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Safety is paramount

Regulatory authorities require pharmaceutical companies to carry out clinical trials as well as preclinical, safety pharmacology tests when they are applying for marketing authorisations. Of key importance are electrophysiological tests on ion channels. The new drug screening and safety pharmacology laboratory at NMI Technologie Transfer GmbH (NMI TT GmbH) in Reutlingen, with its standardised and special test systems complies fully with these requirements.

“Safety pharmacology is a hurdle all drugs have to take before marketing authorisation can be applied for,” said Professor Dr. Hugo Hämmerle speaking at the official opening of the new laboratory. Hämmerle is director of the NMI Natural and Medical Sciences Institute in Reutlingen and managing director of the NMI’s subsidiary NMI TT GmbH. The new rooms have been equipped with the devices and know-how of the former Nycomed GmbH laboratory in Constance and of NMI TT GmbH. The laboratory offers extended safety pharmacology and drug screening services to clients from the pharmaceutical and biotechnology industries.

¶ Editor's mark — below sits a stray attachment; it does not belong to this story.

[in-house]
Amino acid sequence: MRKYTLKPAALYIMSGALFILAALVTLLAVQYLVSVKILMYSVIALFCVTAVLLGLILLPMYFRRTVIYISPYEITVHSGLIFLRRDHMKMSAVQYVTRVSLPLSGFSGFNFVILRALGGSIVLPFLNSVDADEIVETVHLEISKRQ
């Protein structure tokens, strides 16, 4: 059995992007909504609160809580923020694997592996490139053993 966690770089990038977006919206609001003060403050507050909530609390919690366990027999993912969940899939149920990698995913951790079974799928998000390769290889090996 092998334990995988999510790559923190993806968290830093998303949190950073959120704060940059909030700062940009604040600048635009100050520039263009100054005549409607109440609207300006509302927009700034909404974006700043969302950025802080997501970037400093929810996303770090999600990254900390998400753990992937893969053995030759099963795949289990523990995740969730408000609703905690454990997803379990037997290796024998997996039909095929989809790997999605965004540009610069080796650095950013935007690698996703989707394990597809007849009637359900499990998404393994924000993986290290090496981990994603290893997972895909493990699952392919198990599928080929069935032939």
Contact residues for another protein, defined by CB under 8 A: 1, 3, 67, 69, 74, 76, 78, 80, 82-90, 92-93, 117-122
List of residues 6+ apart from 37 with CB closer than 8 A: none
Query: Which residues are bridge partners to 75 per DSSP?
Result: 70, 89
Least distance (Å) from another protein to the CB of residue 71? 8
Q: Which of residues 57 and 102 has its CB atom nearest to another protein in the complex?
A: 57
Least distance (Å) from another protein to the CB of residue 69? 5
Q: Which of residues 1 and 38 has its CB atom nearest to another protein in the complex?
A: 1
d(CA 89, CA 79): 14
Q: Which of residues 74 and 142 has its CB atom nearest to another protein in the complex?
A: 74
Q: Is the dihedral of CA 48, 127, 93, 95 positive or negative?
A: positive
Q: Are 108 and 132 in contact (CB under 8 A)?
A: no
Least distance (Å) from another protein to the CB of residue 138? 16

On behalf of Nycomed, Guido Hanauer, Director Global Pharmacology, outlined the effects of new developments on safety pharmacology and the significance for the company’s own products. The most important abbreviations are: ICH S 7A (ICH: International Conference on Harmonisation of Technical Requirements for Registration of Pharmaceuticals for Human Use) and ICH S 7B, which specify the requirements for safety systems. ICH S 7A specifies the fundamentals and ICH S 7B refers to the cardiovascular system and provides a strategy for the implementation of guidelines.

hERG potassium channel tests are mandatory

The workshop on safety pharmacology and drug screening attracted a large number of people.
The guidelines of the American and European regulatory authorities, FDA and EMEA, require drugs to be tested for their potential to block potassium channels in the heart. The potassium channels are encoded by the human-ether-a-go-go-related-gene (hERG) and play a very important role in the repolarisation of the heart. Many substances have been shown to have adverse effects on cardiac rhythm, which is often mediated by the blockage of the hERG-encoded potassium channels.